We will turn that GigE port into the port we use to talk PPPoE to the ISP. The other ports can remain as-is; so we can continue to manage the modem through its usual IP address. The device supports VLAN tagging so it can technically all be done over a single ethernet connection, but I chose to use two connections instead.

First of all, the Thomson modems' web interfaces are so useless it's hard to describe. It can be likened to having to chop down a tree with only a butter knife to use as a tool. So we must use the telnet interface and log in as Administrator.

Before you do anything, you should back-up your current configuration so you can revert to it in case it all goes wrong. Surprisingly, this is something the web interface actually is useful for, offering an easy way to download the configuration to your computer and upload it again should the need arise. The option is under Thomson Gateway -> Configuration.

Second, it's a good idea to delete the current PPPoE settings from the modem. I made the mistake of not doing this, and when I got to the point where the VDSL-interface worked again the modem actually set up its PPPoE connection again and left me wondering why my router wouldn't negotiate an IP address.

Now, if your modem is doing PPPoE, it'll already be set-up to use a virtual internal interface to connect. You will need some information, though, which you may get as follows:

{Administrator}=>:ppp iflist
Internet: dest  ETH_HSIA_vdsl [local disconnect]   [02:20:17]  retry : 10
There will be more information, but the important parts are the interface's name, Internet, and its destination, ETH_HSIA_vdsl. This is the virtual interface the modem uses to send its PPPoE packets to.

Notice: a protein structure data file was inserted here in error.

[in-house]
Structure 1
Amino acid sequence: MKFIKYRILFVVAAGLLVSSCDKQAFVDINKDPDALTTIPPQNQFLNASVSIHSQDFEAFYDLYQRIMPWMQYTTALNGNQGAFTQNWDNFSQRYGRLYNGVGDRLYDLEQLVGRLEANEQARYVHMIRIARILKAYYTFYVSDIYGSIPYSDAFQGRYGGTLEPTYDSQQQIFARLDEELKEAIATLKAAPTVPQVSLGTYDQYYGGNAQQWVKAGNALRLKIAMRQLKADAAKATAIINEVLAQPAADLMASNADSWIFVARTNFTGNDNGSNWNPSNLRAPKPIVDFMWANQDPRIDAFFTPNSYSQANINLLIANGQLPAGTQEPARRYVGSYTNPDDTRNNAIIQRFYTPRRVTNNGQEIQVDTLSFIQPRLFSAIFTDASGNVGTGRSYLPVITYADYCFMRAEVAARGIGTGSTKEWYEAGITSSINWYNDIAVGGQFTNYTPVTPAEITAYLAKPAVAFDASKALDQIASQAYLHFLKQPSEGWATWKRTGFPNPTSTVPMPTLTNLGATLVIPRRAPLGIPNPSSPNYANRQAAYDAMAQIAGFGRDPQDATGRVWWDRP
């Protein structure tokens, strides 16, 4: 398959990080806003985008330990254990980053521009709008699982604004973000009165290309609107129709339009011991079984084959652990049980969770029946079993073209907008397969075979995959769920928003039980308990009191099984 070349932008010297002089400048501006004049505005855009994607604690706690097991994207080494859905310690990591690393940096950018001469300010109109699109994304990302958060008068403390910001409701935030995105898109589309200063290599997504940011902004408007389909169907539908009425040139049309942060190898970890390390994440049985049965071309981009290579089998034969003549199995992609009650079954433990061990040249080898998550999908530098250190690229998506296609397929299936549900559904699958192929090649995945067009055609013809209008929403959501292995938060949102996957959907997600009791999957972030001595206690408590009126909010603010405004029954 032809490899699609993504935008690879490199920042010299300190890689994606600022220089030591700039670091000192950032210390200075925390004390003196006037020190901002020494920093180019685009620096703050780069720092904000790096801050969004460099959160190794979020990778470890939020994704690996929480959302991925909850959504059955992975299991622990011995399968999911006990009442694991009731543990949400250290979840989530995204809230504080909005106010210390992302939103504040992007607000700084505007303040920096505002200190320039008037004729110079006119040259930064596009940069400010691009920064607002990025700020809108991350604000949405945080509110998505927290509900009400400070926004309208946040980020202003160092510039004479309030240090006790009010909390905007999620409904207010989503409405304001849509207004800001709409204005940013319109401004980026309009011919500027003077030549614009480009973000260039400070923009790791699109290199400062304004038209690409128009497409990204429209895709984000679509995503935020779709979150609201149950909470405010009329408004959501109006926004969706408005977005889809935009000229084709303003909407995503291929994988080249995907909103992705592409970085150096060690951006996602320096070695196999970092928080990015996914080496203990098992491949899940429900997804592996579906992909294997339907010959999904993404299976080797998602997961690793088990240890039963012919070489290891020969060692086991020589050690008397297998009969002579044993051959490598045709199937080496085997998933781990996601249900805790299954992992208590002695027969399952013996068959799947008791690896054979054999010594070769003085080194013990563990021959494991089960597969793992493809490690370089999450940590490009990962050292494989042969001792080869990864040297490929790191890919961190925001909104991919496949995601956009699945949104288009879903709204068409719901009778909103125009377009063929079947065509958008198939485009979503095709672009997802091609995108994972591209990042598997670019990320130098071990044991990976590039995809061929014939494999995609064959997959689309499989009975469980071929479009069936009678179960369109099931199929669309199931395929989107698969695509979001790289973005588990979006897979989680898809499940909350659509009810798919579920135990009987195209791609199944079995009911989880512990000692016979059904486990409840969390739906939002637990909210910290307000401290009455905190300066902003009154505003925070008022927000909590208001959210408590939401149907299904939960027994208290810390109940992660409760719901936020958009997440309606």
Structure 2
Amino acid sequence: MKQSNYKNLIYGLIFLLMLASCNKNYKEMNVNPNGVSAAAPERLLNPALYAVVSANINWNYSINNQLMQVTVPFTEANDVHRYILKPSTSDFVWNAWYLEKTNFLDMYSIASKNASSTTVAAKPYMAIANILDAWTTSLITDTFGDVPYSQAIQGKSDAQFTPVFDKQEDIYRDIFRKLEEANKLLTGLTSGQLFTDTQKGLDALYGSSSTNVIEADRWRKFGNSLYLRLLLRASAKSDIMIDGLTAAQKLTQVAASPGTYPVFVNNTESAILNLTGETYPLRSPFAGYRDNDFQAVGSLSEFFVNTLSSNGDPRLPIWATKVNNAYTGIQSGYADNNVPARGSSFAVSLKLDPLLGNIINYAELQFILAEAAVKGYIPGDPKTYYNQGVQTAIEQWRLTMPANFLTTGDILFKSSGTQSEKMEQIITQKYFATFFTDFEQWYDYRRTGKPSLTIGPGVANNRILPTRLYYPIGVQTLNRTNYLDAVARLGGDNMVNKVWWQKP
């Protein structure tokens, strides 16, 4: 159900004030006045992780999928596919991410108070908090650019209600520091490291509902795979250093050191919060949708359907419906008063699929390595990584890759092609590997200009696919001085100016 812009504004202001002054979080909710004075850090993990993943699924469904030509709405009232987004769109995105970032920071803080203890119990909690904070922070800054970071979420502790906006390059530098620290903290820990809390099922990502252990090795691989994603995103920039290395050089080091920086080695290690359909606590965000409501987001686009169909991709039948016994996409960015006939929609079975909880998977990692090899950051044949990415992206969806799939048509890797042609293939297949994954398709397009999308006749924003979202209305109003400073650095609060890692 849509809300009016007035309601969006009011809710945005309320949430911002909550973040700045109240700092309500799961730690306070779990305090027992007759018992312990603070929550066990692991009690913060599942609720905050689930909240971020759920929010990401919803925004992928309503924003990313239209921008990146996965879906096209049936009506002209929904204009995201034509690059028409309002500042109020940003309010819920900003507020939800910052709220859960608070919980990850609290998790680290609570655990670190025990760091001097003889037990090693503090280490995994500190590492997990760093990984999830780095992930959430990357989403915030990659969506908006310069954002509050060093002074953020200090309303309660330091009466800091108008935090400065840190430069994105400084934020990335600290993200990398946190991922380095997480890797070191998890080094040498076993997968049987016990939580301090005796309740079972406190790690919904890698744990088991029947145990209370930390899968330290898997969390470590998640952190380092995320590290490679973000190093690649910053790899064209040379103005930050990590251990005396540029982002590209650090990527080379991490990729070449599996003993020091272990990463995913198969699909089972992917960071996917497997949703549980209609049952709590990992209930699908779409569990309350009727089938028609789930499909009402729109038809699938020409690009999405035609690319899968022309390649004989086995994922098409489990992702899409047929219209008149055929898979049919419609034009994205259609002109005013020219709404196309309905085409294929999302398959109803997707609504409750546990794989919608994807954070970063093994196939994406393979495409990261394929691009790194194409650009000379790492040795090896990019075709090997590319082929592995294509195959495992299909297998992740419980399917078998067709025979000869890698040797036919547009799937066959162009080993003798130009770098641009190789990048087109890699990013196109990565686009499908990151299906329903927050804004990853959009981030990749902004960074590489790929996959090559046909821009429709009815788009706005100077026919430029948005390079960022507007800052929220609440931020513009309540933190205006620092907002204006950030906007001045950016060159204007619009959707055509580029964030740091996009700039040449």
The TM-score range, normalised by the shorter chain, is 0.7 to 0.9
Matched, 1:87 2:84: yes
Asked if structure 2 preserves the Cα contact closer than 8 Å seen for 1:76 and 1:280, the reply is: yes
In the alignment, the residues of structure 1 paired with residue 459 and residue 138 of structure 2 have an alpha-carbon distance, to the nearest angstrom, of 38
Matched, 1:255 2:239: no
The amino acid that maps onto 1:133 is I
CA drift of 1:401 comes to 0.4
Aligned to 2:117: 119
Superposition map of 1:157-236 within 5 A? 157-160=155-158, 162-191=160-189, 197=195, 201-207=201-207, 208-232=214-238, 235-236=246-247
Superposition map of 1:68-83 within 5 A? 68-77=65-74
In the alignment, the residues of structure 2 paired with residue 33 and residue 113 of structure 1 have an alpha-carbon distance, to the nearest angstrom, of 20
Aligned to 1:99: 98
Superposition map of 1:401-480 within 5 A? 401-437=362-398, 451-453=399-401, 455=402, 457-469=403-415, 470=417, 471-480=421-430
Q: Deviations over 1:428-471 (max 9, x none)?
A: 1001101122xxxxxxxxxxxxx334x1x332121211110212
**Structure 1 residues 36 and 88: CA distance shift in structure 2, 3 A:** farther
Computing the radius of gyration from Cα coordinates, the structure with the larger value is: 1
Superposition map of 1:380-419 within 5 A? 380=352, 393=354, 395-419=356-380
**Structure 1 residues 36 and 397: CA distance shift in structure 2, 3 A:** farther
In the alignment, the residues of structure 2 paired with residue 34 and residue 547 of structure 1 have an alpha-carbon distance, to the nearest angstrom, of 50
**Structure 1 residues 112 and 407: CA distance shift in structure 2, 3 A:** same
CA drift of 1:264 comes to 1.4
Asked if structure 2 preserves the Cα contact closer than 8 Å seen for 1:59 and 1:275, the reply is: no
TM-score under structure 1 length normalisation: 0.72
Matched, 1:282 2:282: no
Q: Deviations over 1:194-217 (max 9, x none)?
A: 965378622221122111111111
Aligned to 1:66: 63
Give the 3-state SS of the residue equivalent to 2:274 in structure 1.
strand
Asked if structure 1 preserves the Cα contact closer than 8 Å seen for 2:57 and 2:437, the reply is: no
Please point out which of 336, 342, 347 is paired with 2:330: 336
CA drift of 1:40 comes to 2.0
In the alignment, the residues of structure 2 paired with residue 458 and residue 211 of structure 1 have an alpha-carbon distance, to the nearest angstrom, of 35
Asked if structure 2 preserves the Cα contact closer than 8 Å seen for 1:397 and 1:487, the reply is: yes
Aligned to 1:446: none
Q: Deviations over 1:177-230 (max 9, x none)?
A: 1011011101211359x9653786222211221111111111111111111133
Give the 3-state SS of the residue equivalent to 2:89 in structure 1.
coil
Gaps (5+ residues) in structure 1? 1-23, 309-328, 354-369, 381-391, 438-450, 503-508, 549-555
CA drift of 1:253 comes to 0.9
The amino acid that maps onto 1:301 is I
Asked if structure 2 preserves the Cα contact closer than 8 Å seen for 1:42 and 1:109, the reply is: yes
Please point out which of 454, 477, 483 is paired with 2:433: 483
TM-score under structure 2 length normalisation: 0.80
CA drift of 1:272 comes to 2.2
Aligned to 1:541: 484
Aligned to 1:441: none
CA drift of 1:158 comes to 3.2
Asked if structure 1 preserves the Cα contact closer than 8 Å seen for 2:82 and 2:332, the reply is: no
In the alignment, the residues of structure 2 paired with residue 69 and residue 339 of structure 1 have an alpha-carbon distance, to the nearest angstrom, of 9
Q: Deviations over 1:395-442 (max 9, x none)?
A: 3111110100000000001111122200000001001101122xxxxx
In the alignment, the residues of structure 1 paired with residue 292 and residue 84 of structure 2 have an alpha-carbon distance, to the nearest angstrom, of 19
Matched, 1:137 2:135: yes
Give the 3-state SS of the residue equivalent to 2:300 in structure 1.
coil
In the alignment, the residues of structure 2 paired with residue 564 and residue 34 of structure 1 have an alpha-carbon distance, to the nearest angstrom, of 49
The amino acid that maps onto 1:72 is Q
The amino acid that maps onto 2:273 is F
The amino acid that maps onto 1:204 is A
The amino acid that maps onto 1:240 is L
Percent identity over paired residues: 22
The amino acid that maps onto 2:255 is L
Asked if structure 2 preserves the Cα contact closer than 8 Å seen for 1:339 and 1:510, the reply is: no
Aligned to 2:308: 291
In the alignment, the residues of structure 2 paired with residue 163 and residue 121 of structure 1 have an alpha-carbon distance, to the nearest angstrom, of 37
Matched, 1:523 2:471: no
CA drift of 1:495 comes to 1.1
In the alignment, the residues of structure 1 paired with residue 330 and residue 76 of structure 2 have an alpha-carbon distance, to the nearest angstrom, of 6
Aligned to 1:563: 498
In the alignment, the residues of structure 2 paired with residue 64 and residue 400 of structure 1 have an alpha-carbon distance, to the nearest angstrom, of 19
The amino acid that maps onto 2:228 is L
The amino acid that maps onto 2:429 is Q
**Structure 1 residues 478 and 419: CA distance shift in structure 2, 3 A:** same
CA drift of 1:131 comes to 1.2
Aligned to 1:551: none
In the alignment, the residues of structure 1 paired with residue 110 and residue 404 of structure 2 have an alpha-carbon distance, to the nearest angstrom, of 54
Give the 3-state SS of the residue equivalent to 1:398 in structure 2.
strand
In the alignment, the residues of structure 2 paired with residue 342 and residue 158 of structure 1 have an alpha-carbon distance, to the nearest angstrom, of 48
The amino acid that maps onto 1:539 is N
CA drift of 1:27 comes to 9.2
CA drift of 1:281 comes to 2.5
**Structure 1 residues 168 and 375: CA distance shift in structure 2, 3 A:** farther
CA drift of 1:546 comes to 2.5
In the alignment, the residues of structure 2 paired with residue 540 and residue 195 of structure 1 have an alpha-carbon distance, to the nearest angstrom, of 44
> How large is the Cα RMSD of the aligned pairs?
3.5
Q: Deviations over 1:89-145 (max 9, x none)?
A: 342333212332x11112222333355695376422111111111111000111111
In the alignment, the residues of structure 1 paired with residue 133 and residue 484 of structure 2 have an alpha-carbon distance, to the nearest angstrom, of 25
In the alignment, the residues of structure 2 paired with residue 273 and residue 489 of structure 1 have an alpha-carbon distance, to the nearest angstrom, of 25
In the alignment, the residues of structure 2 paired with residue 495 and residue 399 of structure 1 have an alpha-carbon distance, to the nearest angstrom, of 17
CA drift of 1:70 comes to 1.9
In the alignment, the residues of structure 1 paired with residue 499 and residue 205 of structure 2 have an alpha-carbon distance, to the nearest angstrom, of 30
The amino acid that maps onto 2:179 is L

Deleting the interface is done using the ppp ifdelete command:
:ppp ifdelete intf=Internet
The ETH_HSIA_vdsl interface is a virtual interface that exists only within the modem. It'll likely be assigned to some VLAN:
{Administrator}=>:eth iflist
ETH_HSIA_vdsl   : Dest: bridge
                  Connection State: connected  Retry: 10
                  WAN: Enabled
                  Priority Tagging: Disabled
                  PortNr: 1
                  VLAN: HSIA_vdsl
Indeed, it is assigned to the vlan HSIA_vdsl. This, then, is the vlan we need to add the fifth ethernet port to, because that will make the PPPoE packets appear to the bridge in the same way as they did when the modem still did PPPoE itself. The virtual ethernet interface to the PPPoE process is conceptually the same as having a device that does PPPoE physically connected with an ethernet cable to this vlan, except it is handled entirely within the modem's hard- and software.

We will now add our fifth, unused, ethernet interface to that VLAN. First, it must be added to the bridge. Then we can set a few options on it and lastly it much be attached to the physical interface.

:eth bridge ifadd brname=bridge intf=ethport5 dest=ethif5
:eth bridge ifconfig brname=bridge intf=ethport5 wan=disabled
:eth bridge ifattach brname=bridge intf=ethport5